Susan P. Miller, Ph.D.


      Department of Special Education
      University of Nevada Las Vegas
      Las Vegas, NV
      Certified SIM Professional Development Specialist
      University of Kansas Center for Research on Learning
      Lawrence, KS

My Background and Interests
One of my favorite childhood pastimes was playing school. My students, at that very young age, included stuffed animals, dolls, and sometimes neighborhood friends. My more formal teaching experience was acquired years later when I taught employability skills to adults who lived in poverty, social studies and compensatory math to junior- and senior-high students without disabilities, reading and language arts to middle-school students with disabilities, and math, reading, and language arts to elementary students with and without disabilities. I loved each of these teaching experiences, and I like to believe that I touched the lives of my students in positive ways.

Subsequent to this teaching experience I worked as Program Administrator for the Multidisciplinary Diagnostic and Training Program at the University of Florida and currently serve as a Professor of Special Education at the University of Nevada Las Vegas (UNLV). In this role, I teach courses in learning strategies, instructional methodology, and leadership. My research interests focus on learning strategies and mathematics interventions. I’ve had the opportunity to share much of what I’ve learned from colleagues within the SIM network, teachers, and students as author of Validated Practices for Teaching Students with Diverse Needs and Abilities and as co-author of Designing and Implementing Mathematics Instruction for Students with Diverse Learning Needs as well as the Strategic Math Series.

The Story Behind the Strategic Math Series: Level 2
Upon completion of the Strategic Math Series: Level 1, I knew that additional work should be done with skills that extended beyond basic math facts and initial place value. Through my work with teachers in the area of mathematics, skill deficits related to addition and subtraction with regrouping and related word problems consistently emerged as areas of particular concern. Bradley Kaffar, one of my previous doctoral mentees and one the coauthors of Addition With Regrouping and Subtraction With Regrouping programs, contacted me about conducting math-related research in a summer camp designed for students needing help in elementary math skills (e.g., addition and subtraction with regrouping). The rest is history. Lessons were developed, field tested and revised until we believed they were ready for publication. We were thrilled to learn that Jean Schumaker and Don Deshler supported the initiation of Level 2 of the Strategic Math Series.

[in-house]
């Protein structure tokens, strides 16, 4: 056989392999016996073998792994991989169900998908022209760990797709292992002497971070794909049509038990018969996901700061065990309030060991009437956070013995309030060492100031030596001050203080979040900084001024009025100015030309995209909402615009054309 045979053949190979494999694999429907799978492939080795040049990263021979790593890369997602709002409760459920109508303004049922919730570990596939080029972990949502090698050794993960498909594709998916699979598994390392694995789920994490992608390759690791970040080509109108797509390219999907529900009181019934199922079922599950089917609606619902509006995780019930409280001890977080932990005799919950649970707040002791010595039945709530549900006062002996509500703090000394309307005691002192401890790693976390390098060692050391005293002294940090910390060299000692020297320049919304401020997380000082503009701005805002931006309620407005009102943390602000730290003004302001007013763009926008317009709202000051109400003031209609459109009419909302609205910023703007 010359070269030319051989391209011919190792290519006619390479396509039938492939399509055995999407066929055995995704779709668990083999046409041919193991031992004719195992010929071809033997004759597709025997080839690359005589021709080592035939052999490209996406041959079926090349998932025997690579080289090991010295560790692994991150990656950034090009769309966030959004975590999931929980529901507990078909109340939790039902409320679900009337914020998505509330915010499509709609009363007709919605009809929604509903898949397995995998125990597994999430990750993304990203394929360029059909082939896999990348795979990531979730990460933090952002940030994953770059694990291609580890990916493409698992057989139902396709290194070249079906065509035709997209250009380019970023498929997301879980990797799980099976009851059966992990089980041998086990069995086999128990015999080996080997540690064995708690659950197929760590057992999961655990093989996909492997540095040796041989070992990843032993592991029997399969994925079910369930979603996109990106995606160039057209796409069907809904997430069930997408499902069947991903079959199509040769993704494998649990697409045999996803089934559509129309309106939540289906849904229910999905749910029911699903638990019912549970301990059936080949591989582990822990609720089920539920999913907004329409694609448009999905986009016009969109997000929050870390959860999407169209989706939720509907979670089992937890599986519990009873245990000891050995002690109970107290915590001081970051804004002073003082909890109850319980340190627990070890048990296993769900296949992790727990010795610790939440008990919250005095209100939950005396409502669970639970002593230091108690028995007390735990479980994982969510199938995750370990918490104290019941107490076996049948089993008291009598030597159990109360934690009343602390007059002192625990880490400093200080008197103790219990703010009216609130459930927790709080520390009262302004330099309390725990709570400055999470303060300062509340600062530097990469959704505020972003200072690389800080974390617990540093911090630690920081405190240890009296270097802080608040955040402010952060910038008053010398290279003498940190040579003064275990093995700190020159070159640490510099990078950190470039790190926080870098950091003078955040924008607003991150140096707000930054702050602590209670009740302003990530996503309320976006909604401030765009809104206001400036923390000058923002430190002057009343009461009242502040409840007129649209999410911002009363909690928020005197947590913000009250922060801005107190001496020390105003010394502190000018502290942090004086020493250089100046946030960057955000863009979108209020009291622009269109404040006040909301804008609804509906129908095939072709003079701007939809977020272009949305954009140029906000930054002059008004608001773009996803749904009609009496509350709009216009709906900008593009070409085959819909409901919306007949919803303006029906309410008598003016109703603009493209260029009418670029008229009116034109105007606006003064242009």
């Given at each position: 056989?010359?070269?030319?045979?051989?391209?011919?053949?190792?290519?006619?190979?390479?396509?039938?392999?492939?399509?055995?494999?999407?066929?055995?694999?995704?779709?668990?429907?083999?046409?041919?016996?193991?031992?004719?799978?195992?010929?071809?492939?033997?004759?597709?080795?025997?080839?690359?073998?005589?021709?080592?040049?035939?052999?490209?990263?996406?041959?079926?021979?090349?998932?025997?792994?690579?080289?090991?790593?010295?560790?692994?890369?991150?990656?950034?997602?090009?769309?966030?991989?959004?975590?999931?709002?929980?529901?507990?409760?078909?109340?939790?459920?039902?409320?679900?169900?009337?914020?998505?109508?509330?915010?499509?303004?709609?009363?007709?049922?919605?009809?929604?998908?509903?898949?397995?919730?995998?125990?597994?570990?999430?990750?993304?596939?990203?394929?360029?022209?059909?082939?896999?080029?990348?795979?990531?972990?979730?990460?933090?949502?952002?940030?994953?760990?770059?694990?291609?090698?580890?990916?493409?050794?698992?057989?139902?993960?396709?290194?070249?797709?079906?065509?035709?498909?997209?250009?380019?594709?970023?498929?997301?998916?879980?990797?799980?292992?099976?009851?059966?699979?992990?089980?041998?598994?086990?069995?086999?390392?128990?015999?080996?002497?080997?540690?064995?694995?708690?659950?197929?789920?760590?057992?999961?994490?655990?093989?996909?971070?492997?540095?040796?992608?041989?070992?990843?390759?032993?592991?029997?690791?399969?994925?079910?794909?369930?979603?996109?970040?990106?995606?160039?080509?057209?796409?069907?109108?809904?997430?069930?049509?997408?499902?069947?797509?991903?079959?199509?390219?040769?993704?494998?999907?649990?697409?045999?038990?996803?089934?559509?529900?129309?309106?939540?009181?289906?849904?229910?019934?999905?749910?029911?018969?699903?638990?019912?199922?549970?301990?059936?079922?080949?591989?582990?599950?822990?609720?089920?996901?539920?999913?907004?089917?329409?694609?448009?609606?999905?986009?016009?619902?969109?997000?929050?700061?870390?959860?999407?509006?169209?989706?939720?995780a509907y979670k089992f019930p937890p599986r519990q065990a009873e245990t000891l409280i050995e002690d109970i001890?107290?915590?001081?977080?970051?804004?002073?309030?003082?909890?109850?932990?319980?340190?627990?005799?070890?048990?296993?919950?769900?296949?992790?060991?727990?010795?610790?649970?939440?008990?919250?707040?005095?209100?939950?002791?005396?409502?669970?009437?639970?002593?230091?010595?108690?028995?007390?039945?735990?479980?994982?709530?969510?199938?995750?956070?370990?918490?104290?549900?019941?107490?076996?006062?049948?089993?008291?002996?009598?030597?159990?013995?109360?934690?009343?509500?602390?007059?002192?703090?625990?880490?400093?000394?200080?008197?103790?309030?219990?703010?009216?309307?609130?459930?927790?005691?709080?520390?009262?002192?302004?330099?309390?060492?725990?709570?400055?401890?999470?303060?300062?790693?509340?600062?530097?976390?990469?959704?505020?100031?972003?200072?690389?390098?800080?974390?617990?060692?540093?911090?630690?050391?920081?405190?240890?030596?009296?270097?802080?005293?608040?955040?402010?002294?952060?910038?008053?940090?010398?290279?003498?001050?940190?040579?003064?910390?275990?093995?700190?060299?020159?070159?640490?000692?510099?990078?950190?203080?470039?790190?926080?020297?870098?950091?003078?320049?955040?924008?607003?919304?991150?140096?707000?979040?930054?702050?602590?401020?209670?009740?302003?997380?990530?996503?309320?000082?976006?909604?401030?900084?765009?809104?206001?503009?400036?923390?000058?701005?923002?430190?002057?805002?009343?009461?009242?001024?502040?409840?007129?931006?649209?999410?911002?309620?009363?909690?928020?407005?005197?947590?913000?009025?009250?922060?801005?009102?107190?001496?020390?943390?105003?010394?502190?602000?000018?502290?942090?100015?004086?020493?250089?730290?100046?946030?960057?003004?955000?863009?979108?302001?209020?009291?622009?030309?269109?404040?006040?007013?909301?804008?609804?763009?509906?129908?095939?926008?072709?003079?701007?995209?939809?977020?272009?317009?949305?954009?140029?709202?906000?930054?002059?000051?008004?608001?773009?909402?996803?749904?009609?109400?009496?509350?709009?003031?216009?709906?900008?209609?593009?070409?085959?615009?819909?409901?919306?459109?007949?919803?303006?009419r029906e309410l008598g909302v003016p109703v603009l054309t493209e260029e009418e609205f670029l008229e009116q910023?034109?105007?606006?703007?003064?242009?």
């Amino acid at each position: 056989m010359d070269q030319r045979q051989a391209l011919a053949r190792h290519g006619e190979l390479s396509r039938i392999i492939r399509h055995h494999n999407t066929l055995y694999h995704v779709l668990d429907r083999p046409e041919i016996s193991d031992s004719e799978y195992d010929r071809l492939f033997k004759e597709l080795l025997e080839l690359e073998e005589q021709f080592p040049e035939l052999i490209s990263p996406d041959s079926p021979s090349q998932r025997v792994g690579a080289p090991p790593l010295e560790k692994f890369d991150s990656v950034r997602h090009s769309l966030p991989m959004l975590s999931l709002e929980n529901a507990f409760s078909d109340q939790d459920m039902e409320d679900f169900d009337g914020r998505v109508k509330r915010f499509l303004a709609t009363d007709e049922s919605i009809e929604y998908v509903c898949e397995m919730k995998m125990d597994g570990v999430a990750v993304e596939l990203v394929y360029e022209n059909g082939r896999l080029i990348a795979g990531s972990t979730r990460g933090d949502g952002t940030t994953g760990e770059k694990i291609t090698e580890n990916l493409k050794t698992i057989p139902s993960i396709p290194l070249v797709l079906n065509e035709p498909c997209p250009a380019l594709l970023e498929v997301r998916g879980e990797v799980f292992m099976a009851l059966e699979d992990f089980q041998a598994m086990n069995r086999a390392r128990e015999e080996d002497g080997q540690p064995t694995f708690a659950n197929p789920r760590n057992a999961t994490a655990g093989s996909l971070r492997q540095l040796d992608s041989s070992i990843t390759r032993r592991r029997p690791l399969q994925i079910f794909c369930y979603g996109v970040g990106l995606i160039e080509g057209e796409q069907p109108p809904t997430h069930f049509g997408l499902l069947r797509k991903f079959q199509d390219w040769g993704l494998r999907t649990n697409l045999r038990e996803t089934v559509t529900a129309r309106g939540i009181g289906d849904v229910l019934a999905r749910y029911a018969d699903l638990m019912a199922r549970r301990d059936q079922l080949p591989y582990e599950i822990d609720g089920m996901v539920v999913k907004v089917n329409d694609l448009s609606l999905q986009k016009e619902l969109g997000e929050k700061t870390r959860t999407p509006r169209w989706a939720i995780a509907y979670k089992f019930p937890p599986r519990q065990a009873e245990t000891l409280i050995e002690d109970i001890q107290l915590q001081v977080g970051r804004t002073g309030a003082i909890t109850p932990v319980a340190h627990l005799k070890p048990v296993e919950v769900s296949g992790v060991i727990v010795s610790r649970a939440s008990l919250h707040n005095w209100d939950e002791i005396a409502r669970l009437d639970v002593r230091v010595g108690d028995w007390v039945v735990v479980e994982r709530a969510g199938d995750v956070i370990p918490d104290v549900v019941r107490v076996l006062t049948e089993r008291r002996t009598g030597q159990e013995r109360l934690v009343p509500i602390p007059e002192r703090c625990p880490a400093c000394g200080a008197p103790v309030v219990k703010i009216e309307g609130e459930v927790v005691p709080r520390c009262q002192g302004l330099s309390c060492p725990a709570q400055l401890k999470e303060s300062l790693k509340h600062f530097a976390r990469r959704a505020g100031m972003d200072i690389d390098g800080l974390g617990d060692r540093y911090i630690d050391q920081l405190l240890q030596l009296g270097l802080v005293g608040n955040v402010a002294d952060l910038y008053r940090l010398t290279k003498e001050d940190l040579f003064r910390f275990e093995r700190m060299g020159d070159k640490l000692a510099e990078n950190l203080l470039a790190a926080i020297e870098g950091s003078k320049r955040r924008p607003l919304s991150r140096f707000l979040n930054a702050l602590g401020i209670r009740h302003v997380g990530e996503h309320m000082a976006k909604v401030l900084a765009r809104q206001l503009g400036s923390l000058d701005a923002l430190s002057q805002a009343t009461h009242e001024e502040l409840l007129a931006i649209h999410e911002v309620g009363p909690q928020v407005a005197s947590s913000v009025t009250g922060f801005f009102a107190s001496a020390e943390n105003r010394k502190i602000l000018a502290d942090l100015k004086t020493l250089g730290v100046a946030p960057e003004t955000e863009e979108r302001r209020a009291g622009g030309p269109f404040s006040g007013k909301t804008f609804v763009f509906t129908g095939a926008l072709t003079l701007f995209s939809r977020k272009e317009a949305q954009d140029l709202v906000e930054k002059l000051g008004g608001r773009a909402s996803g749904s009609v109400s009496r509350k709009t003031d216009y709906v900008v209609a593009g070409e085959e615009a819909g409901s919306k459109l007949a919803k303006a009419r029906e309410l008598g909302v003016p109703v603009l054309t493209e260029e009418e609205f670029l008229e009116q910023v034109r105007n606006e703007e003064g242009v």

My Thoughts about the Strategic Math Series: Level 2
It has been a joy to witness the positive effects of the Addition With Regrouping and Subtraction With Regrouping lessons with students who struggle with this type of computation and related word problems. Students who receive this instruction develop conceptual understanding, learn to use procedural strategies, and develop fluency related to regrouping problems. Students also learn to discriminate between problems that require regrouping and those that do not. They learn to attack word problems without fear, and they absolutely love the one-minute timings and the Pig Games! Engagement in these fluency-building activities provides the extensive practice needed for skill mastery and keeps student motivation high. Students who receive instruction in these two programs will be ready to advance to more complicated math skills with the necessary prerequisite knowledge for future success.

Teacher and Student Feedback on the Strategic Math Series: Level 2
Both teachers and students report high levels of satisfaction with the two programs. Teachers report that the lessons are easy to implement and they plan to continue using the program with future students. Students report the base-ten blocks, drawings, and the “RENAME” Strategy all help with solving regrouping problems. They also report that the Pig Games and Minute timings helped them learn. A doctoral student recently taught a group of elementary students the addition with regrouping lessons. In a follow-up session with these students, one of the students asked her to please teach his teacher how to teach this way. Another heart-tugging event occurred when the doctoral student met individually with students to discuss the progress they made during the program. When one student was shown her progress chart and told how much she improved since the pretest, she began to cry and said, “You mean I’m not stupid?” I can think of no greater reward than teaching students in ways that allow them to experience success, feel pride, and discover that they are NOT stupid.

My Contact Information
Susan P. Miller, Ph.D.
Department of Special Education-Box 453014
University of Nevada Las Vegas
Las Vegas, NV 89154
Work Phone: 702 895-1108